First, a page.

A dog’s paw pads somewhat resemble the shoes that any person would wear outdoors on a regular basis. For this reason, your dog’s paws need a special type of care.
In today’s article, we are looking at whether or not paw pads are capable of growing back and what you should generally do to prevent paw injuries.
Why are your dog’s paw pads important?
Paw pads are essential when it comes to keeping your dog’s balance as they stand and when it comes to providing cushioning as they run through the park, on concrete, or through the woods, where their feet might have to land on rugged surfaces.
In terms of looks and color, paw pads can vary a lot from one dog to the next. First of all, not all pets get the same amount of exercise or even the same amount of exposure to the outdoors these days.
Dogs that have a somewhat sedentary lifestyle and those that are only taken out in sheltered areas might have pink and soft paw pads. By contrast, dogs that are commonly taken out for hikes or sometimes out for a run or a walk on the street when the sun is shining in the sky might have calloused or rougher paw pads in general.
There are specific paw pad pathologies that some dogs can develop, and many aren’t as ‘basic’ as cracks, cuts, or abrasions.
There’s a protective layer on each paw pad, and if that one becomes removed some way or the other, your dog might end up having open wounds on their paw pads.
Other more specific footpad issues can range from dermatosis and erythema to granulomas, papillomas, and hyperkeratosis. Dogs that have had Distemper usually develop hyperkeratosis that needs to be managed by their owners for the remainder of their lives.
Do paw pads grow back?
In most cases, yes. Hyperkeratosis actually means a situation where the pads grow to the point that they impair the dog’s walking because of the pain and discomfort.
However, most dogs that do not have hyperkeratosis and that experience lesions of their foot pads will recover in a varying amount of time.
Because of the thickness, it might take a while for the skin to regain its original form, flexibility, and compact design, so you might need to protect your dog’s foot for several weeks.
As you can imagine, that can be very challenging since dogs basically stand on their feet all the time when they’re not lying in bed or taking it easy.
Depending on how your dog’s paw pad got hurt, your veterinarian might recommend various therapies, including ointments, powders, general medications such as antibiotics or antifungal treatments, along with actual protection for your dog’s feet.
What if your dog gets their paw pads injured?
The best way to tell whether your dog’s paw pads have suffered an injury is to inspect them after every walk or at least once a day. This is absolutely necessary because not all dogs might have the same degree of sensitivity in their feet. Therefore, some might not show pain until the problem has progressed and gotten more severe.
Also, small cuts can easily become a problem and cause an infection when they aren’t discovered early.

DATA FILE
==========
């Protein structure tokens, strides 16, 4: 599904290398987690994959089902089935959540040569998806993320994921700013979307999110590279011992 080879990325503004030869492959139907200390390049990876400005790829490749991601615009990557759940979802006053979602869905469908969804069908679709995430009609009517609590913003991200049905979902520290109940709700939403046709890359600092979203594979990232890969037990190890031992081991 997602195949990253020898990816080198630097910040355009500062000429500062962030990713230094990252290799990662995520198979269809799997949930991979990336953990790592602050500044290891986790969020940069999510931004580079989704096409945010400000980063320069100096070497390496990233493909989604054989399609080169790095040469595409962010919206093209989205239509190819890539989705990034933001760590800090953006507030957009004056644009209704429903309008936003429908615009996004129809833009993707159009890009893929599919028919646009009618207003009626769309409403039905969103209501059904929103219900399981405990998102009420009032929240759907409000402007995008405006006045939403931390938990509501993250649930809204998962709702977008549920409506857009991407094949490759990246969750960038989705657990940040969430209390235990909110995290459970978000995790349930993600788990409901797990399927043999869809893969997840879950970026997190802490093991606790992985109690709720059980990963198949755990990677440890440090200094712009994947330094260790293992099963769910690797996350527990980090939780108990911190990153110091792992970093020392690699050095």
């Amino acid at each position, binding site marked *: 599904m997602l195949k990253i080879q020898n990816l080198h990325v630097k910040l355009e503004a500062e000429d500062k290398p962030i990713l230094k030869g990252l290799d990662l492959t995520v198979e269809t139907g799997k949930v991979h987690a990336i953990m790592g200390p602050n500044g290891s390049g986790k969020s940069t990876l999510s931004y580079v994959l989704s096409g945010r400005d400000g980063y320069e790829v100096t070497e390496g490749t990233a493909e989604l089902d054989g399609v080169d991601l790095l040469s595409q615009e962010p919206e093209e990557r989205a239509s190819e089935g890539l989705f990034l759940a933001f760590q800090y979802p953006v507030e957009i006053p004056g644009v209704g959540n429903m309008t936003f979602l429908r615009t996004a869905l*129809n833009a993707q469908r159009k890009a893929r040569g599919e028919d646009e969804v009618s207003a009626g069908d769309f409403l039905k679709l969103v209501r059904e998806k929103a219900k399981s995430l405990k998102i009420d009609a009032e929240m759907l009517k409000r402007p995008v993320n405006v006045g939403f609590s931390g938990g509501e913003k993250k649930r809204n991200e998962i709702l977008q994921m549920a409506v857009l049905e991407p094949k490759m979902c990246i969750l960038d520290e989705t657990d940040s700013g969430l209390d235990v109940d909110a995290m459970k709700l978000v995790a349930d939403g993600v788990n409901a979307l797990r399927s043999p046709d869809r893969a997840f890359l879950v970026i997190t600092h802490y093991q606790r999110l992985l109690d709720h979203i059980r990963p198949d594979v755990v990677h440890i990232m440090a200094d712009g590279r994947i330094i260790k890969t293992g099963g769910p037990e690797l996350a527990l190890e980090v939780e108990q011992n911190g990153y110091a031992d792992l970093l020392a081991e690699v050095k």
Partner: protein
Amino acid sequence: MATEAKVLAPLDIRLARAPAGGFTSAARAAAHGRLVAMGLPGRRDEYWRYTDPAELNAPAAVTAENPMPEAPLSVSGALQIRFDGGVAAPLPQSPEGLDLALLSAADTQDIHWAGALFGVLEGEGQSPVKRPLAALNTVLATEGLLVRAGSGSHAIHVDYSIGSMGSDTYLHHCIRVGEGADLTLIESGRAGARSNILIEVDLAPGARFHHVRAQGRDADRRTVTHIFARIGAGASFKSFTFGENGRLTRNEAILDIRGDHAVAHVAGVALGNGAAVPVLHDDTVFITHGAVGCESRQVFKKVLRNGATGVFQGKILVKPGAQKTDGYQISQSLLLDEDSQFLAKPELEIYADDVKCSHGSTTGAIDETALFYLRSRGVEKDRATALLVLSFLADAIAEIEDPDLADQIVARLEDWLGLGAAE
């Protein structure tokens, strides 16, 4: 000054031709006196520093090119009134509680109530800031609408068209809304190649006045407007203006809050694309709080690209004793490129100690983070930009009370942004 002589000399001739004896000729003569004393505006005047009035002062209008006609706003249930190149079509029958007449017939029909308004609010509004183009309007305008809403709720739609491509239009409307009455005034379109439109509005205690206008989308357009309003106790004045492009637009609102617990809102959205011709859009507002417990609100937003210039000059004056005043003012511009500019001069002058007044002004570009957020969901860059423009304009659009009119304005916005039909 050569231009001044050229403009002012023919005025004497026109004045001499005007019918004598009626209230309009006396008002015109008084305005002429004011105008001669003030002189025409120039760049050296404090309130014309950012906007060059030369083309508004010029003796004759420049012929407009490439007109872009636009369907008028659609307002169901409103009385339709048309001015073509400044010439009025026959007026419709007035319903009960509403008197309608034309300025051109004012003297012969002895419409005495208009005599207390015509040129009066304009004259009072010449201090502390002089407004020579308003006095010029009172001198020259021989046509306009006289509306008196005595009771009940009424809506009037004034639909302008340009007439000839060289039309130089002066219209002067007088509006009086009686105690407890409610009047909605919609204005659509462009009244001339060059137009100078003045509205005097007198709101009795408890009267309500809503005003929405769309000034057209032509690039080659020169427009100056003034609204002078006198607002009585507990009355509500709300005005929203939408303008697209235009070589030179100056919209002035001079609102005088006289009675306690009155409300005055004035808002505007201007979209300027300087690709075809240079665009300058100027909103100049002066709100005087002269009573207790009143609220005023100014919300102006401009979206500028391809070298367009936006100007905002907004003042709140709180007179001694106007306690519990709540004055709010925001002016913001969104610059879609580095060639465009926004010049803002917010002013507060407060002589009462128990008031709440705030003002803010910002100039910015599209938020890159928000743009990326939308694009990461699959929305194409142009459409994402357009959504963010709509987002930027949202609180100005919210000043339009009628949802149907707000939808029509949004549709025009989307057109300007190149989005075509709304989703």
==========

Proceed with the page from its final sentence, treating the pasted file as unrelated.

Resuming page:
When you take your pooch to the veterinary clinic in the first months of owning them, you should ask your vet what you can do in case your dog develops a paw pad problem.
Most wounds can be cleaned with boiled water followed by betadine or a very mild (yet completely effective) disinfectant such as ethacridine lactate (commercially known in some countries such as Rivanol). The latter doesn’t even cause pain.
Once you are done cleaning the wound, you might have to apply a general ointment such as Neosporin (which can be used in pets), but this might not even have to be necessary depending on how the injury looks.
The biggest issue when it comes to foot or pad injuries is that dogs tend to lick them, and as such, they contaminate that area with the germs that they have in their mouths or that they’ve recently come in contact with and might still be present in their oral cavities.
There’s so much that you can do at home, which means that when your dog’s paw pads start looking weird and even start smelling funny, you simply have to take your pet to the animal hospital.
Infections can easily spread to other body areas, and some of these germs can be very dangerous – your dog will step on the ground throughout their life, and some bacteria can be so risky to the point that in the appropriate conditions, they might even be able to cause gangrene.
If the paw pad is actually coming off or seems to be getting there, consult your veterinarian immediately.
In some cases, it may have to be removed depending on how damaged it is; in others, it may have to be kept in place using specific medical solutions, complete with a bandage that needs to be changed on a regular basis.
So, can a dog’s paw pads grow back?
But while they can indeed grow back, the speed at which they do so or even their ability to fully recover largely depends on the exact lesion that the dog has experienced.
Just to be on the safe side of things, inspect your dog’s paws once a day and pay attention to any signs of discomfort or pain that your pet might have in their feet.